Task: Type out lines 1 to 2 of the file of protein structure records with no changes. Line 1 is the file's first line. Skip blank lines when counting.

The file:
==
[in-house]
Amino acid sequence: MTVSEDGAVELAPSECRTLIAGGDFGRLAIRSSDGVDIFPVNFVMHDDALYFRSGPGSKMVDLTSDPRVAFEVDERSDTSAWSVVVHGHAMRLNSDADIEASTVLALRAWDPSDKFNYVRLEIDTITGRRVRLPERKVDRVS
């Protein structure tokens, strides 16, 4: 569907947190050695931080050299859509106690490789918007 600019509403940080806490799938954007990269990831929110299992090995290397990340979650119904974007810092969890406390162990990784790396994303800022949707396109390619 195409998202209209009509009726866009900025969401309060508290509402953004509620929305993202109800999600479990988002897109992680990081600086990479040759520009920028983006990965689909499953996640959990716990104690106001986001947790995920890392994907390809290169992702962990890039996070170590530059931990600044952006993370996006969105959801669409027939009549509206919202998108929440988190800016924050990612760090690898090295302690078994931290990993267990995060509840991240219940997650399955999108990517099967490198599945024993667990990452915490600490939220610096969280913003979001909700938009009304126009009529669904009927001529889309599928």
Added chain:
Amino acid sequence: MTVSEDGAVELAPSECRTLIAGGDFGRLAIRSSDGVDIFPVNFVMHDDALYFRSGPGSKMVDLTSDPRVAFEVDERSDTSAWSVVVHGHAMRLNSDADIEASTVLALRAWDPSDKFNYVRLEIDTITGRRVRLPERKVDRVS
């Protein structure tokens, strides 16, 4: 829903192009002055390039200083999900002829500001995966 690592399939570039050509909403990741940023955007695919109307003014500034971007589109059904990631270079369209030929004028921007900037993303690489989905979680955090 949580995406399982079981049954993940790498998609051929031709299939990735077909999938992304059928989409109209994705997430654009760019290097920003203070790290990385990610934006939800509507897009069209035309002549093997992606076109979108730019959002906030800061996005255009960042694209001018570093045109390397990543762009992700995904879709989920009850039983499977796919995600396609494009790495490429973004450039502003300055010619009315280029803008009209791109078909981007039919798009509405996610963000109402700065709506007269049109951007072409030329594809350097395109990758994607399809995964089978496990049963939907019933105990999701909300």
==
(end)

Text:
[in-house]
Amino acid sequence: MTVSEDGAVELAPSECRTLIAGGDFGRLAIRSSDGVDIFPVNFVMHDDALYFRSGPGSKMVDLTSDPRVAFEVDERSDTSAWSVVVHGHAMRLNSDADIEASTVLALRAWDPSDKFNYVRLEIDTITGRRVRLPERKVDRVS